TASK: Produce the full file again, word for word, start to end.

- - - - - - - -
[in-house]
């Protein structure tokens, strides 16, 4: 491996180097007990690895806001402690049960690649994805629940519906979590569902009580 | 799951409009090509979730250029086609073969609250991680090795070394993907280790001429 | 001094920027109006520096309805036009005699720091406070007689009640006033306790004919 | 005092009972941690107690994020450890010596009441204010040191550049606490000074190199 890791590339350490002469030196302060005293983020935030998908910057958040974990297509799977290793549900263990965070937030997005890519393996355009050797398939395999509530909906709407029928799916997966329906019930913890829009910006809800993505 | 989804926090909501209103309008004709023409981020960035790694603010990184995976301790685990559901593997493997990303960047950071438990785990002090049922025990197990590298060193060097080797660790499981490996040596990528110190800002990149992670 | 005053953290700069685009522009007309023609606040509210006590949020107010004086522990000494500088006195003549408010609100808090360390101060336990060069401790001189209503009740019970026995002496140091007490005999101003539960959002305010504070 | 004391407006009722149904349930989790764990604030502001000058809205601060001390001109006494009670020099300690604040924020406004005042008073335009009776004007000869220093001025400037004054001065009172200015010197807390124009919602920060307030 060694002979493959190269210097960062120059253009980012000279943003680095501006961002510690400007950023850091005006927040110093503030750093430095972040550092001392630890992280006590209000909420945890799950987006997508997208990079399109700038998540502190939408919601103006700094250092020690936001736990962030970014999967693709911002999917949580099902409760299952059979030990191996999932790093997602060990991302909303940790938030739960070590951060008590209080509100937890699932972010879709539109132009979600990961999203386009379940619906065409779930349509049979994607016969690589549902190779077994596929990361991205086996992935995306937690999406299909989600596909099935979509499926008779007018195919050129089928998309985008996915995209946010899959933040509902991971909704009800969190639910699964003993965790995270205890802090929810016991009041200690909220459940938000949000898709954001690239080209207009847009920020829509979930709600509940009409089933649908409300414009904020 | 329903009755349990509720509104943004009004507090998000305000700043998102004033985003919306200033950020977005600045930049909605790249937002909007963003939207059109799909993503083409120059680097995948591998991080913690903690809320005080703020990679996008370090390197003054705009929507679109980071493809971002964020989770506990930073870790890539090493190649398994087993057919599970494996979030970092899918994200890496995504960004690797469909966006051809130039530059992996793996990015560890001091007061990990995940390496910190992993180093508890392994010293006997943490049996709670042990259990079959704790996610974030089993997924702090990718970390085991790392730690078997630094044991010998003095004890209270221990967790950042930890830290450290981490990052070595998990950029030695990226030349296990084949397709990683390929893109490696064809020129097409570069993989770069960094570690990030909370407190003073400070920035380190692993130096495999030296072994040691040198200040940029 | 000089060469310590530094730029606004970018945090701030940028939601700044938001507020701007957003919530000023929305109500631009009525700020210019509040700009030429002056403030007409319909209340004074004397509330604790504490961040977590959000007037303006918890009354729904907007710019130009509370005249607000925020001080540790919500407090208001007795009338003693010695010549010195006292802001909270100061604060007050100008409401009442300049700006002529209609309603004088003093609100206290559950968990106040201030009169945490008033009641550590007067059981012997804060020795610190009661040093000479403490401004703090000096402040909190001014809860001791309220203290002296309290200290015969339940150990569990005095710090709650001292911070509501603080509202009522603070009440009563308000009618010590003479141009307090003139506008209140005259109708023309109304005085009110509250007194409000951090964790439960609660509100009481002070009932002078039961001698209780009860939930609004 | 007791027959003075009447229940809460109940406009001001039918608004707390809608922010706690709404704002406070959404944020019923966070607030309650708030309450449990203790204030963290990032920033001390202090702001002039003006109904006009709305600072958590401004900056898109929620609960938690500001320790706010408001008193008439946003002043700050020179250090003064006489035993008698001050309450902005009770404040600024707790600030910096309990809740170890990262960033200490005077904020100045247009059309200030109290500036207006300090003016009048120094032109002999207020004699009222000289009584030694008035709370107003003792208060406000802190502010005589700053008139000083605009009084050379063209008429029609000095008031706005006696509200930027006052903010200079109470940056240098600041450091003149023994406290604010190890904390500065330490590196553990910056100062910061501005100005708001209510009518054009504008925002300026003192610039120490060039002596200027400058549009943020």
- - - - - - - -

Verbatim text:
[in-house]
């Protein structure tokens, strides 16, 4: 491996180097007990690895806001402690049960690649994805629940519906979590569902009580 | 799951409009090509979730250029086609073969609250991680090795070394993907280790001429 | 001094920027109006520096309805036009005699720091406070007689009640006033306790004919 | 005092009972941690107690994020450890010596009441204010040191550049606490000074190199 890791590339350490002469030196302060005293983020935030998908910057958040974990297509799977290793549900263990965070937030997005890519393996355009050797398939395999509530909906709407029928799916997966329906019930913890829009910006809800993505 | 989804926090909501209103309008004709023409981020960035790694603010990184995976301790685990559901593997493997990303960047950071438990785990002090049922025990197990590298060193060097080797660790499981490996040596990528110190800002990149992670 | 005053953290700069685009522009007309023609606040509210006590949020107010004086522990000494500088006195003549408010609100808090360390101060336990060069401790001189209503009740019970026995002496140091007490005999101003539960959002305010504070 | 004391407006009722149904349930989790764990604030502001000058809205601060001390001109006494009670020099300690604040924020406004005042008073335009009776004007000869220093001025400037004054001065009172200015010197807390124009919602920060307030 060694002979493959190269210097960062120059253009980012000279943003680095501006961002510690400007950023850091005006927040110093503030750093430095972040550092001392630890992280006590209000909420945890799950987006997508997208990079399109700038998540502190939408919601103006700094250092020690936001736990962030970014999967693709911002999917949580099902409760299952059979030990191996999932790093997602060990991302909303940790938030739960070590951060008590209080509100937890699932972010879709539109132009979600990961999203386009379940619906065409779930349509049979994607016969690589549902190779077994596929990361991205086996992935995306937690999406299909989600596909099935979509499926008779007018195919050129089928998309985008996915995209946010899959933040509902991971909704009800969190639910699964003993965790995270205890802090929810016991009041200690909220459940938000949000898709954001690239080209207009847009920020829509979930709600509940009409089933649908409300414009904020 | 329903009755349990509720509104943004009004507090998000305000700043998102004033985003919306200033950020977005600045930049909605790249937002909007963003939207059109799909993503083409120059680097995948591998991080913690903690809320005080703020990679996008370090390197003054705009929507679109980071493809971002964020989770506990930073870790890539090493190649398994087993057919599970494996979030970092899918994200890496995504960004690797469909966006051809130039530059992996793996990015560890001091007061990990995940390496910190992993180093508890392994010293006997943490049996709670042990259990079959704790996610974030089993997924702090990718970390085991790392730690078997630094044991010998003095004890209270221990967790950042930890830290450290981490990052070595998990950029030695990226030349296990084949397709990683390929893109490696064809020129097409570069993989770069960094570690990030909370407190003073400070920035380190692993130096495999030296072994040691040198200040940029 | 000089060469310590530094730029606004970018945090701030940028939601700044938001507020701007957003919530000023929305109500631009009525700020210019509040700009030429002056403030007409319909209340004074004397509330604790504490961040977590959000007037303006918890009354729904907007710019130009509370005249607000925020001080540790919500407090208001007795009338003693010695010549010195006292802001909270100061604060007050100008409401009442300049700006002529209609309603004088003093609100206290559950968990106040201030009169945490008033009641550590007067059981012997804060020795610190009661040093000479403490401004703090000096402040909190001014809860001791309220203290002296309290200290015969339940150990569990005095710090709650001292911070509501603080509202009522603070009440009563308000009618010590003479141009307090003139506008209140005259109708023309109304005085009110509250007194409000951090964790439960609660509100009481002070009932002078039961001698209780009860939930609004 | 007791027959003075009447229940809460109940406009001001039918608004707390809608922010706690709404704002406070959404944020019923966070607030309650708030309450449990203790204030963290990032920033001390202090702001002039003006109904006009709305600072958590401004900056898109929620609960938690500001320790706010408001008193008439946003002043700050020179250090003064006489035993008698001050309450902005009770404040600024707790600030910096309990809740170890990262960033200490005077904020100045247009059309200030109290500036207006300090003016009048120094032109002999207020004699009222000289009584030694008035709370107003003792208060406000802190502010005589700053008139000083605009009084050379063209008429029609000095008031706005006696509200930027006052903010200079109470940056240098600041450091003149023994406290604010190890904390500065330490590196553990910056100062910061501005100005708001209510009518054009504008925002300026003192610039120490060039002596200027400058549009943020």